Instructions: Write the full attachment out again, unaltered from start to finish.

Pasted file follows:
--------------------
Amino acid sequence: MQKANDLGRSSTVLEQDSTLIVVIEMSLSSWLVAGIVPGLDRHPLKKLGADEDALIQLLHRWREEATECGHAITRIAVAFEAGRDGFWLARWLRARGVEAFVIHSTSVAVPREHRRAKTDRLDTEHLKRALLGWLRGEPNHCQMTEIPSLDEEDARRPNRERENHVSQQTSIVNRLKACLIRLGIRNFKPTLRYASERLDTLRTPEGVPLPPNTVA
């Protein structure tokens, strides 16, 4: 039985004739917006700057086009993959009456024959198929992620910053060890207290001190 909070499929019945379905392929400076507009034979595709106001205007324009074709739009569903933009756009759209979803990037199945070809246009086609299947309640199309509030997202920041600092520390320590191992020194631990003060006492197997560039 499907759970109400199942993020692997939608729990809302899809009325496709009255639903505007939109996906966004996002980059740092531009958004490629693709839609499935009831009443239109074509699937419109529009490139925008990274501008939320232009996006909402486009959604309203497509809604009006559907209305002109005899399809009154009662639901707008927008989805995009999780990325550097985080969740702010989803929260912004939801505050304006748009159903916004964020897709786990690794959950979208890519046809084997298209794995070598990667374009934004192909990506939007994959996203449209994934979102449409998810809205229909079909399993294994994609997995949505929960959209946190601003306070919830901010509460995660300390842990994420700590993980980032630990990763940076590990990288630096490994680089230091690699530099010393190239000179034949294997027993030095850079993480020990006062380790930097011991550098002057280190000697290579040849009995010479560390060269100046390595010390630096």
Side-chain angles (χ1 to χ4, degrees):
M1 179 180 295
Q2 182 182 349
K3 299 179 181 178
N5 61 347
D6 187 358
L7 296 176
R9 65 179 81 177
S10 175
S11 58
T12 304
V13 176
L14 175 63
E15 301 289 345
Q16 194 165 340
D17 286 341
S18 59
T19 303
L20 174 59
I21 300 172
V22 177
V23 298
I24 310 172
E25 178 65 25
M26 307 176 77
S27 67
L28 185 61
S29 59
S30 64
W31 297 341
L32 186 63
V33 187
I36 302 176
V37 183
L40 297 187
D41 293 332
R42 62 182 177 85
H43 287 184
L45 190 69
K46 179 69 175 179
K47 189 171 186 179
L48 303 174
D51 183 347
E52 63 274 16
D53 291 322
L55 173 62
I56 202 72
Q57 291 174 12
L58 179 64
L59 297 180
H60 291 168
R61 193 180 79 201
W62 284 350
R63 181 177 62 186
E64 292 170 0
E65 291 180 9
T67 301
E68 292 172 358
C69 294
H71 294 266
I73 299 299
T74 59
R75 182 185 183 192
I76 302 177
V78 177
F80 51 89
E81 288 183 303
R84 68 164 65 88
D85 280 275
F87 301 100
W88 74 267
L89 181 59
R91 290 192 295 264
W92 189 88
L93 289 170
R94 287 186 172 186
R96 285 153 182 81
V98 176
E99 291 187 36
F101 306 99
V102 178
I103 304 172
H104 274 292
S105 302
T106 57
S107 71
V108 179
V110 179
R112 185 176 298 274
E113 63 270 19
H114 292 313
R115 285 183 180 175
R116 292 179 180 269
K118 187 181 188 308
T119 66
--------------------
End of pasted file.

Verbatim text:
Amino acid sequence: MQKANDLGRSSTVLEQDSTLIVVIEMSLSSWLVAGIVPGLDRHPLKKLGADEDALIQLLHRWREEATECGHAITRIAVAFEAGRDGFWLARWLRARGVEAFVIHSTSVAVPREHRRAKTDRLDTEHLKRALLGWLRGEPNHCQMTEIPSLDEEDARRPNRERENHVSQQTSIVNRLKACLIRLGIRNFKPTLRYASERLDTLRTPEGVPLPPNTVA
């Protein structure tokens, strides 16, 4: 039985004739917006700057086009993959009456024959198929992620910053060890207290001190 909070499929019945379905392929400076507009034979595709106001205007324009074709739009569903933009756009759209979803990037199945070809246009086609299947309640199309509030997202920041600092520390320590191992020194631990003060006492197997560039 499907759970109400199942993020692997939608729990809302899809009325496709009255639903505007939109996906966004996002980059740092531009958004490629693709839609499935009831009443239109074509699937419109529009490139925008990274501008939320232009996006909402486009959604309203497509809604009006559907209305002109005899399809009154009662639901707008927008989805995009999780990325550097985080969740702010989803929260912004939801505050304006748009159903916004964020897709786990690794959950979208890519046809084997298209794995070598990667374009934004192909990506939007994959996203449209994934979102449409998810809205229909079909399993294994994609997995949505929960959209946190601003306070919830901010509460995660300390842990994420700590993980980032630990990763940076590990990288630096490994680089230091690699530099010393190239000179034949294997027993030095850079993480020990006062380790930097011991550098002057280190000697290579040849009995010479560390060269100046390595010390630096």
Side-chain angles (χ1 to χ4, degrees):
M1 179 180 295
Q2 182 182 349
K3 299 179 181 178
N5 61 347
D6 187 358
L7 296 176
R9 65 179 81 177
S10 175
S11 58
T12 304
V13 176
L14 175 63
E15 301 289 345
Q16 194 165 340
D17 286 341
S18 59
T19 303
L20 174 59
I21 300 172
V22 177
V23 298
I24 310 172
E25 178 65 25
M26 307 176 77
S27 67
L28 185 61
S29 59
S30 64
W31 297 341
L32 186 63
V33 187
I36 302 176
V37 183
L40 297 187
D41 293 332
R42 62 182 177 85
H43 287 184
L45 190 69
K46 179 69 175 179
K47 189 171 186 179
L48 303 174
D51 183 347
E52 63 274 16
D53 291 322
L55 173 62
I56 202 72
Q57 291 174 12
L58 179 64
L59 297 180
H60 291 168
R61 193 180 79 201
W62 284 350
R63 181 177 62 186
E64 292 170 0
E65 291 180 9
T67 301
E68 292 172 358
C69 294
H71 294 266
I73 299 299
T74 59
R75 182 185 183 192
I76 302 177
V78 177
F80 51 89
E81 288 183 303
R84 68 164 65 88
D85 280 275
F87 301 100
W88 74 267
L89 181 59
R91 290 192 295 264
W92 189 88
L93 289 170
R94 287 186 172 186
R96 285 153 182 81
V98 176
E99 291 187 36
F101 306 99
V102 178
I103 304 172
H104 274 292
S105 302
T106 57
S107 71
V108 179
V110 179
R112 185 176 298 274
E113 63 270 19
H114 292 313
R115 285 183 180 175
R116 292 179 180 269
K118 187 181 188 308
T119 66